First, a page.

He wanted to take the shovel from her, but Tasha’s generosity wasn’t the only thing he identified. His mother had never been afraid of hard work. She’d never categorized tasks as men’s work versus women’s work. She’d always expected everyone to pitch in, whether they were cleaning toilets, cooking dinner, or chopping wood.
Bumps. The word came at him, a word he’d been deliberately ignoring since yesterday’s conversation with his mother. Every relationship has its bumps, even if no one but the couple ever knows about them.
Daniel shook his mother’s words out of his head—he didn’t have time to start analyzing her strange comments again. Not now. The important thing was helping Tasha rescue the puppies.
He moved to the other side of the logs, taking the towels with him. “I’ll stand over here in case they hear the noise and get scared enough to run out this way.” He wanted to do the digging for her, but she was so intense, so fierce, he realized she needed to do it herself.
“Good idea,” Tasha said, slamming the spade into the earth. “I wonder if they were abandoned by their owners. Or brought up here from the city and dumped.”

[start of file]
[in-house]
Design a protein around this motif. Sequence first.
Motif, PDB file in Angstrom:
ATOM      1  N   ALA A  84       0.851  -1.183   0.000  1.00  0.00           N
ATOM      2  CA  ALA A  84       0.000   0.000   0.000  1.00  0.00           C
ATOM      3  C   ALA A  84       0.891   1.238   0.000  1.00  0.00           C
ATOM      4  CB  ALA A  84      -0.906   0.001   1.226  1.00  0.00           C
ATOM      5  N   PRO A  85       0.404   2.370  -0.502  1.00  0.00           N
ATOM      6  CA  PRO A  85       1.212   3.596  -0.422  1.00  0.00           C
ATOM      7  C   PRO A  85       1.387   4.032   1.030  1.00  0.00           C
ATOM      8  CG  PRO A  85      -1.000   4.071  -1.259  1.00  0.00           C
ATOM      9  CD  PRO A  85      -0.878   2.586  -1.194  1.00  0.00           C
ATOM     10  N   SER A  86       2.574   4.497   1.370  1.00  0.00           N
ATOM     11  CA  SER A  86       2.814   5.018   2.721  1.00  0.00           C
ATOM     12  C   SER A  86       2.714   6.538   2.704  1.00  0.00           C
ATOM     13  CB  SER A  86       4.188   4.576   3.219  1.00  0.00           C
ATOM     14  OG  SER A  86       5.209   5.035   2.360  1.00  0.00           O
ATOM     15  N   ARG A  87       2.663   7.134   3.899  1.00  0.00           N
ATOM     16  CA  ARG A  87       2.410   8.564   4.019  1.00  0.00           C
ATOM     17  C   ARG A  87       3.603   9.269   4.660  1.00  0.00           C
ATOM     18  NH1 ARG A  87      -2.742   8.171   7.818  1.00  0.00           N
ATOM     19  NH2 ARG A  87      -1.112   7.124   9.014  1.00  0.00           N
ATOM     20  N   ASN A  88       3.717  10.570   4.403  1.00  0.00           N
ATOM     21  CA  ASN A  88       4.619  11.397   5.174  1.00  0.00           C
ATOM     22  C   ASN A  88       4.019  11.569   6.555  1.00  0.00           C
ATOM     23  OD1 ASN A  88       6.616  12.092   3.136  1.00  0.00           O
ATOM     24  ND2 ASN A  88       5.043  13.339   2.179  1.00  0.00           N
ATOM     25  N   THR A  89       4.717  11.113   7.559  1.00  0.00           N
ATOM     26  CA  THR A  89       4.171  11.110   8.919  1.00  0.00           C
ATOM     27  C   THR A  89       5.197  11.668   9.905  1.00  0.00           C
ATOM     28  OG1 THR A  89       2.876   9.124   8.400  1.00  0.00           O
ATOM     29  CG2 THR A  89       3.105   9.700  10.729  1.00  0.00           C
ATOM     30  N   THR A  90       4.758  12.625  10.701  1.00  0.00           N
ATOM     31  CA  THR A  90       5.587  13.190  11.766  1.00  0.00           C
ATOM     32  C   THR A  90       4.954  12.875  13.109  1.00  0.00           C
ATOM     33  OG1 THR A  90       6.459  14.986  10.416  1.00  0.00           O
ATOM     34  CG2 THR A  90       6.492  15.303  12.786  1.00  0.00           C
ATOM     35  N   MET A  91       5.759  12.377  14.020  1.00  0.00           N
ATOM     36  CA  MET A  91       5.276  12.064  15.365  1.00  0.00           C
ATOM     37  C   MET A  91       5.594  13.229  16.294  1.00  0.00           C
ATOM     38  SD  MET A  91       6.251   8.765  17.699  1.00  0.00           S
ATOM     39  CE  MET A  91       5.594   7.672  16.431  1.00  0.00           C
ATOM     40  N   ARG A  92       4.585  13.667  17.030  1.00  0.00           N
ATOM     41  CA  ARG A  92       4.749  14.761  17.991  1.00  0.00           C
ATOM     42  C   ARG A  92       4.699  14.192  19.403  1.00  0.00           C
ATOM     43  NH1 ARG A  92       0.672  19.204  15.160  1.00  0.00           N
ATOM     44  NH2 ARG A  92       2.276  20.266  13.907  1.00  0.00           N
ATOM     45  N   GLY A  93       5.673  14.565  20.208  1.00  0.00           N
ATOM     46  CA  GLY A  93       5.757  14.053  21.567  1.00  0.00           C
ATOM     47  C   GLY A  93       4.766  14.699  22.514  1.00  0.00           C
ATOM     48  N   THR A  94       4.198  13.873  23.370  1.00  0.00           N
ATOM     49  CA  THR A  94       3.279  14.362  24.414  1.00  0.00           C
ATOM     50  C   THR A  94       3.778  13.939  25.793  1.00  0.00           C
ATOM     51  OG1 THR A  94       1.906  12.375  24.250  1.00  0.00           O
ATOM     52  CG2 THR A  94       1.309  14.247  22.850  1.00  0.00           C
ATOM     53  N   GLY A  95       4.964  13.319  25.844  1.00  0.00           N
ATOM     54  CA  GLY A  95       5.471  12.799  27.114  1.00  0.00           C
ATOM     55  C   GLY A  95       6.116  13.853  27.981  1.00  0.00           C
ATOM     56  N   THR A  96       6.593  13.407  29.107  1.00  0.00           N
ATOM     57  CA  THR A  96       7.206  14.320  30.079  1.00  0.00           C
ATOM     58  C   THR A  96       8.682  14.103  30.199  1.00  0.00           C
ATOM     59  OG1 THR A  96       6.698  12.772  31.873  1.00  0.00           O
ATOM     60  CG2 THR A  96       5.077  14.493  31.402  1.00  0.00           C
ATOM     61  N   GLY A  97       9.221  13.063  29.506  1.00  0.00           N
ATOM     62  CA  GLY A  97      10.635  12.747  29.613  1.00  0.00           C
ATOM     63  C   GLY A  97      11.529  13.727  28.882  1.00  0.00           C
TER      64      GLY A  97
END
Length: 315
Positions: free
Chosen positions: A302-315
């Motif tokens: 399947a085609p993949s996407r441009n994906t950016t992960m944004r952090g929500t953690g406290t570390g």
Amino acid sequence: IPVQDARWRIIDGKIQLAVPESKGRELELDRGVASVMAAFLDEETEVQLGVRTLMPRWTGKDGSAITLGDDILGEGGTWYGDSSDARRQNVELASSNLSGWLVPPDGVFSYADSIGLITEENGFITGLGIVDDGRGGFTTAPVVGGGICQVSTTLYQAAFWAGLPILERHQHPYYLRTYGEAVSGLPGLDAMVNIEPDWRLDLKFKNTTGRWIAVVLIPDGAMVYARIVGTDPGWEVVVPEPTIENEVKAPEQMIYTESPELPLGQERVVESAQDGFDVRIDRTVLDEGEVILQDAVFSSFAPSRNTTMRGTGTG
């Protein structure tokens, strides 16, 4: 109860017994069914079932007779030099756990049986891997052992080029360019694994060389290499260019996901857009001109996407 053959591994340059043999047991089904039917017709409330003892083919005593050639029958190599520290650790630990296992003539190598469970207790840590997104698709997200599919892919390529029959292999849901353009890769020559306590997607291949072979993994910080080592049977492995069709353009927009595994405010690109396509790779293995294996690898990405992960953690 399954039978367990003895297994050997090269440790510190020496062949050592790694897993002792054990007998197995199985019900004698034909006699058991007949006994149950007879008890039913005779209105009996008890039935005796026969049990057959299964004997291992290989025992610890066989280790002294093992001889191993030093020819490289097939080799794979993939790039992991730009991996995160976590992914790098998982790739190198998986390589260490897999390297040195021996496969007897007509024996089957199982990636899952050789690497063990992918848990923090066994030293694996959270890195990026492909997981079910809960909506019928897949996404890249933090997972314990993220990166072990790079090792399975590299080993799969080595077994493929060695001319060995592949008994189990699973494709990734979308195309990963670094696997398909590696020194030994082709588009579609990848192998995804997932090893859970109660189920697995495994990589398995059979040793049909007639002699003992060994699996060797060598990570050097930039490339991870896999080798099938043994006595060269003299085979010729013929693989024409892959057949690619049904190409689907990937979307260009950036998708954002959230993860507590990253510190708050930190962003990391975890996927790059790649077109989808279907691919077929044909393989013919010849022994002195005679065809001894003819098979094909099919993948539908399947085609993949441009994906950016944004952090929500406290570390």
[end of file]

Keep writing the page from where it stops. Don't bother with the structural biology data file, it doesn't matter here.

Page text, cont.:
“Who would do that?” Daniel asked, even though he knew full well how evil people could be. “Drop off puppies in the wilderness just because you don’t want to take them to an animal shelter?”
The look she leveled on him was pained. “People can be thoughtless and cruel.” She turned back to dig with renewed vigor, until she finally said, “I think I’ve got it!” The hole was now wide enough for her to lie on the ground and wriggle her arm and most of her torso inside. “I can see the light shining through,” she called to him. “Can you reach them?”
“They’re coming back your way.” His voice echoed between them over the puppies’ increasingly frantic mewls.
“Okay, I can just about reach one of them.” Her side of the hole darkened. “Yes, yes, I’ve got him!” Triumph sparkled through her voice.
Daniel reached for another that had been backing away from Tasha’s questing hand, locked onto its soft scruff, and pulled it out. The poor little mite cried, but didn’t squirm, as though it didn’t have enough energy to put up a fight. “I’ve got another one,” he called to her over the tangle of logs.